Toxicity and precautions

Pure vanadium is not known to be toxic. However, vanadium pentoxide causes severe irritation of the eyes, nose, and throat. Tetravalent VOSO4 has been reported to be at least 5 times more toxic than trivalent V2O3. The Occupational Safety and Health Administration has set an exposure limit of 0.05 mg/m3 for vanadium pentoxide dust and 0.1 mg/m3 for vanadium pentoxide fumes in workplace air for an 8-hour workday, 40-hour work week. The National Institute for Occupational Safety and Health has recommended that 35 mg/m3 of vanadium be considered immediately dangerous to life and health, that is, likely to cause permanent health problems or death. Vanadium compounds are poorly absorbed through the gastrointestinal system. Inhalation of vanadium and vanadium compounds results primarily in adverse effects on the respiratory system. Quantitative data are, however, insufficient to derive a subchronic or chronic inhalation reference dose. Other effects have been reported after oral or inhalation exposures on blood parameters, liver, neurological development, and other organs in rats.

There is little evidence that vanadium or vanadium compounds are reproductive toxins or teratogens. Vanadium pentoxide was reported to be carcinogenic in male rats and in male and female mice by inhalation in an NTP study, although the interpretation of the results has recently been disputed. The carcinogenicity of vanadium has not been determined by the United States Environmental Protection Agency. Vanadium traces in diesel fuels are the main fuel component in high temperature corrosion. During combustion, vanadium oxidizes and reacts with sodium and sulfur, yielding vanadate compounds with melting points as low as 530 °C, which attack the passivation layer on steel and render it susceptible to corrosion. The solid vanadium compounds also abrade engine components.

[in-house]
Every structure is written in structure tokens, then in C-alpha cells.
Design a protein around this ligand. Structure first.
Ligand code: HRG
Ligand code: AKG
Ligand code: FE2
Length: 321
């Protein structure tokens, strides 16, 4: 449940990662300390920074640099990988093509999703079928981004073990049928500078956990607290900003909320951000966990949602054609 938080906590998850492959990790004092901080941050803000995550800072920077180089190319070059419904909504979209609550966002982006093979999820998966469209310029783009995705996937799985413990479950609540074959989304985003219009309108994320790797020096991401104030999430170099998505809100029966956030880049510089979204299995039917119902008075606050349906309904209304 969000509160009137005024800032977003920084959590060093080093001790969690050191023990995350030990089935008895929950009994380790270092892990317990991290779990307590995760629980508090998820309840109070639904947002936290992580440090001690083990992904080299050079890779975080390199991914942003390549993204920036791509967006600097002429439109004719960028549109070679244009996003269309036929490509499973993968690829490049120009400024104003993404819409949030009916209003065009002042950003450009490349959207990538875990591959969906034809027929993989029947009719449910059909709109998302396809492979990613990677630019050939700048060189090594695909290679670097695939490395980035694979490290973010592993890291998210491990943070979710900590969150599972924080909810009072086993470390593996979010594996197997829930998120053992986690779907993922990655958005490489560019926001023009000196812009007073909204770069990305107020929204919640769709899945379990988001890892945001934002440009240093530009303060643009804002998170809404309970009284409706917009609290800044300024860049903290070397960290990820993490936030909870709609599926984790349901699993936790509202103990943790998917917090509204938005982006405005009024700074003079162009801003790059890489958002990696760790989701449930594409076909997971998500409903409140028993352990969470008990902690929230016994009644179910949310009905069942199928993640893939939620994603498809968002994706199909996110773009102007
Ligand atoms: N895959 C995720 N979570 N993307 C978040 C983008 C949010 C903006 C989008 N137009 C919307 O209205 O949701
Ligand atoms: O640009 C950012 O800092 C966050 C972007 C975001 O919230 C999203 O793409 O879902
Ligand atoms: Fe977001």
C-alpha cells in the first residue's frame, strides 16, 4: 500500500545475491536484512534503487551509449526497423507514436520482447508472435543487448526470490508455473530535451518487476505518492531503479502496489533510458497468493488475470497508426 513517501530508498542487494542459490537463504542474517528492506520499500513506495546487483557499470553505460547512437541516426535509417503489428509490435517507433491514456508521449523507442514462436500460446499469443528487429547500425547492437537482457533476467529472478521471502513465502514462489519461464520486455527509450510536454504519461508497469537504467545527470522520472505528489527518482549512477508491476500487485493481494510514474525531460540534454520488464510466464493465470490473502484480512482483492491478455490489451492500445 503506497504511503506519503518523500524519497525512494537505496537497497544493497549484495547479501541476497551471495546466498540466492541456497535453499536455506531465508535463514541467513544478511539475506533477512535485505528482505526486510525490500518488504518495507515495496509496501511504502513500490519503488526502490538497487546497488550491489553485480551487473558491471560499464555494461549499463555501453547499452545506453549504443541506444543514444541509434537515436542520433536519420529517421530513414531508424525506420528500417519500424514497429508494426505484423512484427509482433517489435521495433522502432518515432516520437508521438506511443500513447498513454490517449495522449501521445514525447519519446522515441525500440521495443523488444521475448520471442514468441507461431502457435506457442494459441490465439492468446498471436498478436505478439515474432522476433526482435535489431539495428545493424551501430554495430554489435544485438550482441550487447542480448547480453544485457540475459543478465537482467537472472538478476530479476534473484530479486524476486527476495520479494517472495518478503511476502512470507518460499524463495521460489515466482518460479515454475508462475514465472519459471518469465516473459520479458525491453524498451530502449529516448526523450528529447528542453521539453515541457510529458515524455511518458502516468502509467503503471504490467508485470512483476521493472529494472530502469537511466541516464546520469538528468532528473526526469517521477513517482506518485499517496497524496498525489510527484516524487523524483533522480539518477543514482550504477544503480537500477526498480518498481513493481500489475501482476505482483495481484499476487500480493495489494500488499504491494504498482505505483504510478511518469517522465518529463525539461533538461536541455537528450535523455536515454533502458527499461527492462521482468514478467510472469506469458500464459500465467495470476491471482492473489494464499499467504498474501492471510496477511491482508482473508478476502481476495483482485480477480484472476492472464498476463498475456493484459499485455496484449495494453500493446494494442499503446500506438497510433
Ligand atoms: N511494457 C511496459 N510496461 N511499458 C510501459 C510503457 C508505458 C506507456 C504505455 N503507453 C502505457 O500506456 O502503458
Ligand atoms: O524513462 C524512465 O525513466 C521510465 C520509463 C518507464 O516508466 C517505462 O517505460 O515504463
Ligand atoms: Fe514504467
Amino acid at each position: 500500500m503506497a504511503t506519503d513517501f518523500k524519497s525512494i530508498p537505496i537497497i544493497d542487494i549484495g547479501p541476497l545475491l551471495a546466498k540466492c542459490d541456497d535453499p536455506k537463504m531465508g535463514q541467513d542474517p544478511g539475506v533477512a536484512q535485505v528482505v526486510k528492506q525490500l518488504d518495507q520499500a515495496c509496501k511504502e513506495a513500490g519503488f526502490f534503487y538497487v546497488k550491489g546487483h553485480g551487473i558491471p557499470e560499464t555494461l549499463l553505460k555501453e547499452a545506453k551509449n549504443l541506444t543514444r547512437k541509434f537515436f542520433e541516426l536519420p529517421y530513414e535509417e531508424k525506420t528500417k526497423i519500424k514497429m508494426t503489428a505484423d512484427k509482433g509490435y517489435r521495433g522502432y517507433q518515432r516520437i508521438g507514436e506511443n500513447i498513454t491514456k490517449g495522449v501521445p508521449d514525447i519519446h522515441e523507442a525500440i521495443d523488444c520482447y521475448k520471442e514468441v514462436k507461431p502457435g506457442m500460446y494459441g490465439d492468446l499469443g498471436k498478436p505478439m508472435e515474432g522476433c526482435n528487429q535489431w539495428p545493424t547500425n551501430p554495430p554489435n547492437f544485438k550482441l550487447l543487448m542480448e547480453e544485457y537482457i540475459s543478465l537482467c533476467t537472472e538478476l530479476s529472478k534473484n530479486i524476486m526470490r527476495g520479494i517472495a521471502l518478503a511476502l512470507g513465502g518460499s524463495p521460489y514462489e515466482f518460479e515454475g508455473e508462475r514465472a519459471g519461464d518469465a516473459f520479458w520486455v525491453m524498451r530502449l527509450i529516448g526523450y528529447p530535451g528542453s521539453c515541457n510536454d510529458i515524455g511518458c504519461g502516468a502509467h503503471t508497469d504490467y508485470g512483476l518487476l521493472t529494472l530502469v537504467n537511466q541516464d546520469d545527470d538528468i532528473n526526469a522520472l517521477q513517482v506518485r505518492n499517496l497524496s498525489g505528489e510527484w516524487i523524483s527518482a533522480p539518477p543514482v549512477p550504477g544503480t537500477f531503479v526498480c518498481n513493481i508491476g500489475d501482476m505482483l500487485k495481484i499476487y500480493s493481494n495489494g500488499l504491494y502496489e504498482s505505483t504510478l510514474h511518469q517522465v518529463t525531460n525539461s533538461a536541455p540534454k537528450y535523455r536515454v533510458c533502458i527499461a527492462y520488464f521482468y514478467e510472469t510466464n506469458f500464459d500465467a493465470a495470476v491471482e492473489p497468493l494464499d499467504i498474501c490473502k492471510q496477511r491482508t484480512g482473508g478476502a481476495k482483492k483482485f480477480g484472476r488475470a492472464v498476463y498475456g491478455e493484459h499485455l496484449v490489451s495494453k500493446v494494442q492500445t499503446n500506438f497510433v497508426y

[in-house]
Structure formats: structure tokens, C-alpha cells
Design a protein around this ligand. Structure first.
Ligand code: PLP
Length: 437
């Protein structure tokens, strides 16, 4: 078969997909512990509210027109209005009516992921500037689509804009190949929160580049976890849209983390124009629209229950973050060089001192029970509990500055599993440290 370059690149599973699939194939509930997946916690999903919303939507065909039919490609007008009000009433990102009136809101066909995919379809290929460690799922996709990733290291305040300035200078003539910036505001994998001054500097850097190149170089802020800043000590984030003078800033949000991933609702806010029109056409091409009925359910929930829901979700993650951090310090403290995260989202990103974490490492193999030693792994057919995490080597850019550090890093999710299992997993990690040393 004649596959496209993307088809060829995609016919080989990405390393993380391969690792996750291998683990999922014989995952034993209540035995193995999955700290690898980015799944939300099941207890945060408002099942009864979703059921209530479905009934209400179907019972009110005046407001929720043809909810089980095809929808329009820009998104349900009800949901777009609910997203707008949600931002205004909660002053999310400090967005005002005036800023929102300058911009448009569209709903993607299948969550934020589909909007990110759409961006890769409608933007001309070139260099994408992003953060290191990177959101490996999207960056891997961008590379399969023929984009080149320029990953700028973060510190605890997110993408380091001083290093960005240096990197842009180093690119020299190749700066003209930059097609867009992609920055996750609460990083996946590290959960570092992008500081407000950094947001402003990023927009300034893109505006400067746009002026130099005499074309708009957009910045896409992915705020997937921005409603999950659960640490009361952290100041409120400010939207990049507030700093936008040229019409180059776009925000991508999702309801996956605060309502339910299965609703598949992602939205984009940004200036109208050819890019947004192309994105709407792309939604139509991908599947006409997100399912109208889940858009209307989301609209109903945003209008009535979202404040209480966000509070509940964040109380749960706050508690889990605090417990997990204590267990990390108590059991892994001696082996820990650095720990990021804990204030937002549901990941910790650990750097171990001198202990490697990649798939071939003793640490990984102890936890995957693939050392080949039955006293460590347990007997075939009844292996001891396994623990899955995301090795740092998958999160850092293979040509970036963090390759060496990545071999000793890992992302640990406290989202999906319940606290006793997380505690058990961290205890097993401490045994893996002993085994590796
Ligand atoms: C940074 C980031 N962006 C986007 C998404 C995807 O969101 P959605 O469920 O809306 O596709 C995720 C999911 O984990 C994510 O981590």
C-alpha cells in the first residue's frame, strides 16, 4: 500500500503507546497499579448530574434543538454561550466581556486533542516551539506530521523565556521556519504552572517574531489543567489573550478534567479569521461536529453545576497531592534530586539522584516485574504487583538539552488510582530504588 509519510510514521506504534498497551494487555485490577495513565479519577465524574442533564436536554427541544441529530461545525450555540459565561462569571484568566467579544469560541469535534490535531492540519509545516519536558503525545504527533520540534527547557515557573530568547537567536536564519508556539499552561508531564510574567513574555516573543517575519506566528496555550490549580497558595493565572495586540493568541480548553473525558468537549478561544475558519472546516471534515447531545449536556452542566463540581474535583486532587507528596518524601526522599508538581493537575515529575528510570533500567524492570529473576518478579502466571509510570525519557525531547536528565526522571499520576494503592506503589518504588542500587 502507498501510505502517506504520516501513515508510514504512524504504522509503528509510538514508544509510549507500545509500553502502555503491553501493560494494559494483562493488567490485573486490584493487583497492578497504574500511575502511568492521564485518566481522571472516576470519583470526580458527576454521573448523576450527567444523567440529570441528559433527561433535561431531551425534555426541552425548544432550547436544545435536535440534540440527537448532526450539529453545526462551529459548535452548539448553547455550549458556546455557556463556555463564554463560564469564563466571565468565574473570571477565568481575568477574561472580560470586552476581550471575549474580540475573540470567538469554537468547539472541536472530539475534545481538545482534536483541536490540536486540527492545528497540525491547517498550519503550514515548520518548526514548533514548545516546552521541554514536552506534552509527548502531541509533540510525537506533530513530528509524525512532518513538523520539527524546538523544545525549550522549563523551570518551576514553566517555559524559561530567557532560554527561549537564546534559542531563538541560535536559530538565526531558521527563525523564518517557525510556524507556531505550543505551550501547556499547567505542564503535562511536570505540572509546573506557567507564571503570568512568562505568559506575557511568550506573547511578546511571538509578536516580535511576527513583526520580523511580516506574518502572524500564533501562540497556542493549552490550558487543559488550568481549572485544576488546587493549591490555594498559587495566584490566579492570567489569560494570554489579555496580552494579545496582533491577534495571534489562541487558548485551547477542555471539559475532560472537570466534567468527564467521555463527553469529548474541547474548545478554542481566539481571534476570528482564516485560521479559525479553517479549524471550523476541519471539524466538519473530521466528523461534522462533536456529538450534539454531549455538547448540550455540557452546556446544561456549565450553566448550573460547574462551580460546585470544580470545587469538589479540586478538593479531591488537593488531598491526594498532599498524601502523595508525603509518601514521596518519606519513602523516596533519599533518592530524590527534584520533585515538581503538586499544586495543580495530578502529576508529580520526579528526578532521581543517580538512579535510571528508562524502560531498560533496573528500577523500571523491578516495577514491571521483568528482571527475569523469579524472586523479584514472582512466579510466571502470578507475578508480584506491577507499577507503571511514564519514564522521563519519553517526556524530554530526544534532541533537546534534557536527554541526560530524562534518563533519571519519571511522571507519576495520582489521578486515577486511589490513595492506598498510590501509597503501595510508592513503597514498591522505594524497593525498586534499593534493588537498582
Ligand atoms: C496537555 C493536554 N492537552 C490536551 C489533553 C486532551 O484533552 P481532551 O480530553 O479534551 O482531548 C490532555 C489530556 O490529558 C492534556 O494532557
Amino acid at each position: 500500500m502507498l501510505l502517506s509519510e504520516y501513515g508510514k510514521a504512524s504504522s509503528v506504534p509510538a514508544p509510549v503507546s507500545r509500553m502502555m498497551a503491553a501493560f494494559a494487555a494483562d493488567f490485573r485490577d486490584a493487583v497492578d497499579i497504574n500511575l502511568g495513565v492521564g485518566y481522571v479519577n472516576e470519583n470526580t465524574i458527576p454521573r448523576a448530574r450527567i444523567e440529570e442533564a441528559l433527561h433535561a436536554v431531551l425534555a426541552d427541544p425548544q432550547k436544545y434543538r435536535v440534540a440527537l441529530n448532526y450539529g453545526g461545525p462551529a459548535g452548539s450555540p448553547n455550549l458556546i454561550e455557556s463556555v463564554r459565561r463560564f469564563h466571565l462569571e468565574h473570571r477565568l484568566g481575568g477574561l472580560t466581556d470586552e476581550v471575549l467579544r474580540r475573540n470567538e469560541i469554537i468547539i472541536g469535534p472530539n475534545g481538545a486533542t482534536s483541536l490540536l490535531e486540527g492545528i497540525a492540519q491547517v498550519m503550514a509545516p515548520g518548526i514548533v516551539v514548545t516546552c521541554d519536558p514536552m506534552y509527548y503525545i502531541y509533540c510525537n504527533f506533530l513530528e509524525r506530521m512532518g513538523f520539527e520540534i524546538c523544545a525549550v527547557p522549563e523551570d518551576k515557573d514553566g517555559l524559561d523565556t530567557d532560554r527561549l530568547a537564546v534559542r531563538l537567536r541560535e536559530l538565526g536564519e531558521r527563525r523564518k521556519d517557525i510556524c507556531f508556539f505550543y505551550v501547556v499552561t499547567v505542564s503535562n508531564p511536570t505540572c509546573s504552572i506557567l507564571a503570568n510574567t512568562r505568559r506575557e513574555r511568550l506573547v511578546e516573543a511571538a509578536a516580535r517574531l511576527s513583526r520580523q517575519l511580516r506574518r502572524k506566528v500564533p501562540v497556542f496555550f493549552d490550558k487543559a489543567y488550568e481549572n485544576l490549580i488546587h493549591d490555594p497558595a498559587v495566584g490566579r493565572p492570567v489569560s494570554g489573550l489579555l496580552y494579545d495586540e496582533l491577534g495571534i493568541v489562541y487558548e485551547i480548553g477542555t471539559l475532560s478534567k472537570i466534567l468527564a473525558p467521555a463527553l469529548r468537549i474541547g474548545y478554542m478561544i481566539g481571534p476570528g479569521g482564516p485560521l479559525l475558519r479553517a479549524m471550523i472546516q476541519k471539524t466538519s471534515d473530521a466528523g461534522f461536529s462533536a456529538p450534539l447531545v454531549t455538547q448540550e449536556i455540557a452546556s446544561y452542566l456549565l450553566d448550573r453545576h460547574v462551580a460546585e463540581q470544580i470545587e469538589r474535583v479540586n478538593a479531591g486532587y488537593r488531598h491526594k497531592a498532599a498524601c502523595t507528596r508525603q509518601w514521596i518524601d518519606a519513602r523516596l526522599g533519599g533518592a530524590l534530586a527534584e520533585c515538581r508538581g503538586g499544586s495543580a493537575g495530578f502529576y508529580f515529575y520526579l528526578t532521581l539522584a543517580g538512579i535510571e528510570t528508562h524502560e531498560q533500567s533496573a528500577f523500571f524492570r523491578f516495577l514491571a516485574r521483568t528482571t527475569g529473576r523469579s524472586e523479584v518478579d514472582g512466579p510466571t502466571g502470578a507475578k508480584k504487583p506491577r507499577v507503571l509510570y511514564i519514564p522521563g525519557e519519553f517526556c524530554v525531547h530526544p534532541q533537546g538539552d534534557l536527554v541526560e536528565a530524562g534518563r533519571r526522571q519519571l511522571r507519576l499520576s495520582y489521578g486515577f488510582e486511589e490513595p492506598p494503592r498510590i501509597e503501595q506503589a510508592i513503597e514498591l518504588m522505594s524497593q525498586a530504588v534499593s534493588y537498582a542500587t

Niobium has no known biological role. While niobium dust is an eye and skin irritant and a potential fire hazard, elemental niobium on a larger scale is physiologically inert (and thus hypoallergenic) and harmless. It is often used in jewelry and has been tested for use in some medical implants. Niobium and its compounds thought to be slightly toxic. Short- and long-term exposure to niobates and niobium chloride, two water-soluble chemicals, have been tested in rats. Rats treated with a single injection of niobium pentachloride or niobates show a median lethal dose (LD50) between 10 and 100 mg/kg. For oral administration the toxicity is lower; a study with rats yielded a LD50 after seven days of 940 mg/kg.

Compounds containing tantalum are rarely encountered in the laboratory, and it and its compounds rarely cause injury, and when they do, the injuries are normally rashes. The metal is highly biocompatible and is used for body implants and coatings, therefore attention may be focused on other elements or the physical nature of the chemical compound. People can be exposed to tantalum in the workplace by breathing it in, skin contact, or eye contact. The Occupational Safety and Health Administration (OSHA) has set the legal limit (permissible exposure limit) for tantalum exposure in the workplace as 5 mg/m3 over an 8-hour workday. The National Institute for Occupational Safety and Health (NIOSH) has set a recommended exposure limit of 5 mg/m3 over an 8-hour workday and a short-term limit of 10 mg/m3. At levels of 2500 mg/m3, tantalum is immediately dangerous to life and health.


This page was last updated at 2024-04-16 09:30 UTC. Update now. View original page.